Ebony and Jessica looking at Roald Dahl's grave

The trail is marked as being suitable for buggies. However, we did have to leave ours next to the church in order to find the clue in the old graveyard. The village itself is very pretty. We had perfect weather for exploring – beautiful sunshine and a lovely warm day.

 

My sister and the four girls walking down Great Missenden High Street

 

All in all, a fantabulous day out.  If you’re a fan of Roald Dahl, then the museum and village are well worth a visit.

 

Visiting the museum

Entrance to the museum costs £6.60 for adults and £4.40 for children (5-18). Admission for under 5s is free. We paid £21 for a family ticket (two adults and up to three children). Visitors to the museum receive a wristband to enable them to come and go during the day. We didn’t return to the museum after our trail, but we could have done if we’d wanted to.

 

 

Country Kids from Coombe Mill Family Farm Holidays Cornwall

One Man and His Sprog

46 thoughts on “The Roald Dahl Museum and a treasure trail

    1. Thanks Stacey – it was a lovely day out and a surprising amount to keep the little ones entertained too.

    1. I love the treasure trails – have started looking to see if there is one in the area when we visit somewhere new 🙂

  1. Oh I want to visit that museum now. My son love the twits, though he hadn’t read any other of Roahld dahls books yet, so we probably ought to wait a while before going.
    Looks like you all had a wonderful day.

    1. I think definitely worth waiting until they have read a few books so they’ll enjoy it more – it was a fab day out though even for the little ones 🙂

  2. Oh my this looks absolutely wonderful, we are big Roald Dahl fans in our house, Matilda is my favourite too and who doesn’t love the wonderful world of Willy Wonka! I am going to have to put this on our list of places to visit. #countrykids

  3. Oh wow! I have got to go! I mean I have got to take Boo here. I love Roald Dahl, Matilda is probably my favourite too. I can’t wait until Boo is old enough to enjoy all of his books =)
    Looks like you had a great time and I love the photo of you in the chair!!

  4. How lovely for the cousins to get together and what a fun place to visit. What child doesn’t love a spot of Roald Dahl? Looks like a lovely day too for your treasure hunt and what a pretty town. Thank you for linking up with me on Country Kids

  5. This is such a thorough review and anyone reading it gets a seat sense of the museum and what it has to offer
    We love the museum too, and the different story activities that they do. They sometimes do book readings too in the rooms upstairs-a lovely museum for children of all ages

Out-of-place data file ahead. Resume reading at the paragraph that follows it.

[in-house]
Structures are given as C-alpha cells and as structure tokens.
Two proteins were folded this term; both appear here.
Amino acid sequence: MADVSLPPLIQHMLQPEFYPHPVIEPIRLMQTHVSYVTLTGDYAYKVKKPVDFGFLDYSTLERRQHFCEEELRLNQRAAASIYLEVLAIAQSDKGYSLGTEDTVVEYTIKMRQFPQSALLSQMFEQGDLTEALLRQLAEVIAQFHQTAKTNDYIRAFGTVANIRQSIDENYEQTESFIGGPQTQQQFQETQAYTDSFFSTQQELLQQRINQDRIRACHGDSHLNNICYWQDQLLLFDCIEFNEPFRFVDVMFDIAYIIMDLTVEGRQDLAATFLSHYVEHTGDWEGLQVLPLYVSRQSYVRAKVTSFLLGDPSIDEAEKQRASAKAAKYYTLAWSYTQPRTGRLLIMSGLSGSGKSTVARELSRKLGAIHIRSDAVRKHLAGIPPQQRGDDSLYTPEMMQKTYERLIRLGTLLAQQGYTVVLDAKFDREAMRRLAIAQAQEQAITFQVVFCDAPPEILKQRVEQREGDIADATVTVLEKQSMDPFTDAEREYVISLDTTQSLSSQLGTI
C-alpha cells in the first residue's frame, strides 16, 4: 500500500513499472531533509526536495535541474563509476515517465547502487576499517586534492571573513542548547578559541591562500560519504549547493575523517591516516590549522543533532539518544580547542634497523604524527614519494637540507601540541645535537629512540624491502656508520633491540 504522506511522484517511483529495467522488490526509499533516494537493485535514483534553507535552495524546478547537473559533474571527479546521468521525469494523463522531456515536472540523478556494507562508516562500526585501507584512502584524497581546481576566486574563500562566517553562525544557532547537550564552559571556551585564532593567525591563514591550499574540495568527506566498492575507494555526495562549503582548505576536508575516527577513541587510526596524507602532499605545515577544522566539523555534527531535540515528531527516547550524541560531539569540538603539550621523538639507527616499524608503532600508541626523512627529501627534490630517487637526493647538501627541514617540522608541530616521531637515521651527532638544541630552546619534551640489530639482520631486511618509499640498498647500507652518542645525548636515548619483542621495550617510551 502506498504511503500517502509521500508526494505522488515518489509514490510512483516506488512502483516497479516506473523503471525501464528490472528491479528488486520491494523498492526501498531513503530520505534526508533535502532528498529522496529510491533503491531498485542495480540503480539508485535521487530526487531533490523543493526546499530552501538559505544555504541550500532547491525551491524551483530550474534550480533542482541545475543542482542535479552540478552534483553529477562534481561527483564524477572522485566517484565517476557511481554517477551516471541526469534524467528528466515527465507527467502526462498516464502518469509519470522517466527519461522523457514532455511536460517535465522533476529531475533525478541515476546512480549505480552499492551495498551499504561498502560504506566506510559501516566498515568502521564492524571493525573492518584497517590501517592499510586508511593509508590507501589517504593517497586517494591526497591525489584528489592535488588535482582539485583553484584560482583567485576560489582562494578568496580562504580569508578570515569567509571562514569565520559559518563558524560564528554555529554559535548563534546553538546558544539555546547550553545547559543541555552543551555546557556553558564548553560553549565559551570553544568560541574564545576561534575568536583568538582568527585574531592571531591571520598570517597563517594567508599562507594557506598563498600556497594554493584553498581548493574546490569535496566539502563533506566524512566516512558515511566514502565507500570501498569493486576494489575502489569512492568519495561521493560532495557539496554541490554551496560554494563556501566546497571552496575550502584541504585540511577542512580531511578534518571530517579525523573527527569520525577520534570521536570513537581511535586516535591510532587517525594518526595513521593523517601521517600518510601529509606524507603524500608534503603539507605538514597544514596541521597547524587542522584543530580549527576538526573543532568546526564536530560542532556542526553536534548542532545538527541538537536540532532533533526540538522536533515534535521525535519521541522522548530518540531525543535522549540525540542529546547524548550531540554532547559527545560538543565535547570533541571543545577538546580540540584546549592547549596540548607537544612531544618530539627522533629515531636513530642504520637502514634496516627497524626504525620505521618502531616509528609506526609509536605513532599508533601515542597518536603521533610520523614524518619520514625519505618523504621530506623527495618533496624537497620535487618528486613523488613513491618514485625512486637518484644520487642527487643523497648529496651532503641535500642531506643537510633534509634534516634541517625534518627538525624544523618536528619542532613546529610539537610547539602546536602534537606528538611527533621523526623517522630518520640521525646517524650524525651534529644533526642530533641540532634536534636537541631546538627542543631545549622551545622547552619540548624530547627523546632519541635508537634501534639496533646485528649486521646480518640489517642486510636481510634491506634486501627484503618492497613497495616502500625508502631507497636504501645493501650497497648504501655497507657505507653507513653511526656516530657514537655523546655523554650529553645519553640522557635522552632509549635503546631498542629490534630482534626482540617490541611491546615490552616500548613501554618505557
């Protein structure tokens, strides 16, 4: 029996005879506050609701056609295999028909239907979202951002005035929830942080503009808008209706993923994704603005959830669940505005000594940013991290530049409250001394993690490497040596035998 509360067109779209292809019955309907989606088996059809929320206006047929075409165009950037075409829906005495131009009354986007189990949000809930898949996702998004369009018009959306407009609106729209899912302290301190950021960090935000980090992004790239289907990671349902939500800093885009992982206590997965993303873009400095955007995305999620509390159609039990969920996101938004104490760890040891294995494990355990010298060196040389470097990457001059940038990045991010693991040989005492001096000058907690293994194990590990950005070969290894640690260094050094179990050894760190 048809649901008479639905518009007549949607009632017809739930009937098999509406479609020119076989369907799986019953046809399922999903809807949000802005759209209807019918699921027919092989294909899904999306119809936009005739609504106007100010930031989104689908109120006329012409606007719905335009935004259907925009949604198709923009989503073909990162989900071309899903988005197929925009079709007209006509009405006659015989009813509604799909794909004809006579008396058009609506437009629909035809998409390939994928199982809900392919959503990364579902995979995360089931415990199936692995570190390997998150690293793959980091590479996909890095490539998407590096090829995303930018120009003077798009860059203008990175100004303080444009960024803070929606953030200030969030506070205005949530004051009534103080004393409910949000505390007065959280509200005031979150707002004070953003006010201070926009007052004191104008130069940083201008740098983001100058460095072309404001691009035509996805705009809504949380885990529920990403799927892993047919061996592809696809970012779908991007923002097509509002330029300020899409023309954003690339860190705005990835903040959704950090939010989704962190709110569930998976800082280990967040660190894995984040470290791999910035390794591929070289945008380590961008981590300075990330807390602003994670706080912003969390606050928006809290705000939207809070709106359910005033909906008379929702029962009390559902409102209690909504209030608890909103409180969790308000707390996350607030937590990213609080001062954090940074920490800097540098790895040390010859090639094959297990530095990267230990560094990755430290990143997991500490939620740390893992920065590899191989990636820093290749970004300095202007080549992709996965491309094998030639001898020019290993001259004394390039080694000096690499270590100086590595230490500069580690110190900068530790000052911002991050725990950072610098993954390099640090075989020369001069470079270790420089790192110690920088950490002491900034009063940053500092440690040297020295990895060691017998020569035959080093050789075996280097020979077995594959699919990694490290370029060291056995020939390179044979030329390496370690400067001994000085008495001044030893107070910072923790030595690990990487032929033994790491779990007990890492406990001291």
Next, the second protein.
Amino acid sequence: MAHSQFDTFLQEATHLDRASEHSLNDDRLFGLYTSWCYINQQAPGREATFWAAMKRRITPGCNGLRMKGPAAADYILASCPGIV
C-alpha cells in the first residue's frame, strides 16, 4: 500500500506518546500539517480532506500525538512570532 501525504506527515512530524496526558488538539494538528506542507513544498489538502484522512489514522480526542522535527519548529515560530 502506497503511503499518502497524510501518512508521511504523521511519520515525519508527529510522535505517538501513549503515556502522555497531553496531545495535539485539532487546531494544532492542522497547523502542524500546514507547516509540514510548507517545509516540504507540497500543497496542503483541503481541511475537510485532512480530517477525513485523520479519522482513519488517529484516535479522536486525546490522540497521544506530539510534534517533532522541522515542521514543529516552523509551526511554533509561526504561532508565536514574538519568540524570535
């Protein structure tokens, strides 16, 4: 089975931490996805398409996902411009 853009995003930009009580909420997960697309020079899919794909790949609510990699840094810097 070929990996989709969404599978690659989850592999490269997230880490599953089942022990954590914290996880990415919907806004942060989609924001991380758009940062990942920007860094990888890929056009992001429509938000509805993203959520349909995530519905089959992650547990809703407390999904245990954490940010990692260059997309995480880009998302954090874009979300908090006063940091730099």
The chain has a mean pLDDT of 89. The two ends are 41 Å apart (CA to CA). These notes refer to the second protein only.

Xx

    1. Thanks Tracey – love the sound of the book readings, will have to try and go again when they are doing one x

  6. I don’t know why, but I’ve always a bit lukewarm about Roald Dahl, although some of his adult shorts are breathtaking and you can’t actually *dislike* the BFG or Charlie, can you?

    But we are getting into the zone for Dahl enjoyment with my son and what with me reading them aloud and the reserach into Dahl’s life we had to do for homework recently, I am really warming up to him. And that museum looks GREAT.

    Definitely on the list now.

    1. I think even if you’re not a big fan of Roald Dahl, you’d still find the museum quite interesting there is so much to do – hope you enjoy it if you do go 🙂

  7. I would love to go there! The BFG was on of my favourite books as a little girl, and Crevette has just finished reading Matilda. He was so into it that he could read for an hour without looking up, bless him! x

    1. So glad Crevette enjoyed Matilda – it is such a wonderful book. Am sure Crevette would really enjoy the Roald Dahl museum – we had such a fab day out 🙂

  8. This museum is near me, so looking forward to taking my boy when he is big enough. My favourite is The Witches!
    Kat #CountryKids

  9. looks like you had a great day out, I’m a big fan of Roald Dahl books as well can’t wait to share them with my girls my fav was always Fantastic Mr Fox. Thanks so much for linking up to #kidscorner xxx

    1. Thank you – Fantastic Mr Fox is a great book. Lovely to link up to #kidscorner, thank you for hosting 🙂

  10. I went there a few years ago with my nephew and I don’t know who loved it more, me or him! It is so amazing to see everything Dahl related in one place. I had so much fun there and would definitely go back! #kidscorner

    1. It’s such an amazing place – am sure your girls would love it. Lovely to link up to #KidsCorner 🙂

  11. Looks like a great day out, I love Roald Dahl! And I need one of those writing chairs for blogging, how awesome. #kidscorner